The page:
Campanula lactiflora ‘Prichard’s Variety’ (milky bellflower) has upward facing, open flowers of a blue lavender colour. It is one of the taller bellflowers, and has light, yellowish green foliage. These can be planted in full sun, but I’ve been pleased with the number of flowers mine develop in part shade.
The light violet blue flowers of ‘Prichard’s Variety’ are very attractive, and are held at the top of the plants. Each flower has five long petals that curve back away from the bell, with a small white centre.
The flowers of milky bellflower are similar to the dwarf Campanula portenschlagiana (dalmatian bellflower), but Campanula lactiflora holds their flowers much higher at the top of the upright stems, whereas the dalmatian bellflower has rows of blooms along the flower stems that radiate out horizontally along the ground.
When seen next to the Geranium ‘Rozanne’, ‘Prichard’s Variety’ are actually a bluish lavender colour, but on their own they look light blue. In the above photo, the geranium is showing its usual habit of weaving in between neighbouring plants. This trait can create some pretty pairings, and these two perennials look good entwined together. There is more about Geranium ‘Rozanne’ here.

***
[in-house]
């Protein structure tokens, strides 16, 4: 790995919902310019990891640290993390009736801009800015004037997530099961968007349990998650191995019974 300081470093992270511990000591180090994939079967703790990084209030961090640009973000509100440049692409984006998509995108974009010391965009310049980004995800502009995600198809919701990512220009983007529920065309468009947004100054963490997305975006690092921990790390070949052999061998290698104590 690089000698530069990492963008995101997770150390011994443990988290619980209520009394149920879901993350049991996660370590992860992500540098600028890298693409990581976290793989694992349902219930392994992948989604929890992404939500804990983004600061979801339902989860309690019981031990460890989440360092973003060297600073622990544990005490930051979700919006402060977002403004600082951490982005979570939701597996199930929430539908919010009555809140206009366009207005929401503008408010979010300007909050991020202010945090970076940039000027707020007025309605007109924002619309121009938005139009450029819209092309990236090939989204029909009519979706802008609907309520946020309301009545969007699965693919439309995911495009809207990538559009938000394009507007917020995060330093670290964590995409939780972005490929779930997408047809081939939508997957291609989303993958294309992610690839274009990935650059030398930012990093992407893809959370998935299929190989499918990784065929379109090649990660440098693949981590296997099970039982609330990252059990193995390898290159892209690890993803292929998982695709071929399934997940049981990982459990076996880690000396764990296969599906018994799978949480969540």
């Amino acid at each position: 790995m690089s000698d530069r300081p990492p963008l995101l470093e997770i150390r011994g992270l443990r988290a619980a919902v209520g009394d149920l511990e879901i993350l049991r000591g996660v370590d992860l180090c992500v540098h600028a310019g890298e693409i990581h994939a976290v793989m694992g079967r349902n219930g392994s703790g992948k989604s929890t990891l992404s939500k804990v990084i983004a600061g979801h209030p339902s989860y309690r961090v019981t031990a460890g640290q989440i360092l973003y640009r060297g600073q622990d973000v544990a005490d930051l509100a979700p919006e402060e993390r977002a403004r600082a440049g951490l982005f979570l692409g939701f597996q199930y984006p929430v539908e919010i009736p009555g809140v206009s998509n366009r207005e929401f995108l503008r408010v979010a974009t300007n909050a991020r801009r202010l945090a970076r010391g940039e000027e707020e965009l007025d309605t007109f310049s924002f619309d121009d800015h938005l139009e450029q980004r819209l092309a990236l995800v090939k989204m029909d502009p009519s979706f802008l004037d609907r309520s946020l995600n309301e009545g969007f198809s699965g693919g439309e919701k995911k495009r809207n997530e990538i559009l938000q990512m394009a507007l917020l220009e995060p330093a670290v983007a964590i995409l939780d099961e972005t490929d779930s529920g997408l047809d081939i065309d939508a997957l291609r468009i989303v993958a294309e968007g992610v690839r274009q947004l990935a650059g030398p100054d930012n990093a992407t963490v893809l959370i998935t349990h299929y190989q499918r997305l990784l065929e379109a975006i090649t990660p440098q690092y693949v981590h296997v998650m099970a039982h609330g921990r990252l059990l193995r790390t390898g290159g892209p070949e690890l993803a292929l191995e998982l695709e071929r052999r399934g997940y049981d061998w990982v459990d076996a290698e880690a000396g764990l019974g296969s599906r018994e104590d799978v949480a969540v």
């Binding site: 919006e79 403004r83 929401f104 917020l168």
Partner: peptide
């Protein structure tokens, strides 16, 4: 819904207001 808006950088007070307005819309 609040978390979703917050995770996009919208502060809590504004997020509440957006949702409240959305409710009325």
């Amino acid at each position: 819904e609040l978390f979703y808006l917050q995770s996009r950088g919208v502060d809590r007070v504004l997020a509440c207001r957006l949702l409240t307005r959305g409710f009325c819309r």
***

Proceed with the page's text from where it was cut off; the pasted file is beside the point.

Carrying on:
The lighter coloured leaves of ‘Prichard’s Variety’ have a yellow cast to the green, so they would show up well next to darker foliage. Campanula lactiflora grows about 60 cm (around 2 feet) tall, with each plant producing a number of stems. At the back of the photo, are the silver leaves of Pulmonaria (lungwort), which also look good with the milky bellflower.
The above photo shows one milky bellflower plant, so you can see that each plant gets a fair number of blooms. I planted mine last year, and each plant now has about 20 stems, with a group of flowers at the top of each stem. Campanula lactiflora ‘Prichard’s Variety’ is a pretty, easy care bellflower that will produce a good flower show in summer. You can read about more a variety of Campanula (bellflowers) in this earlier article.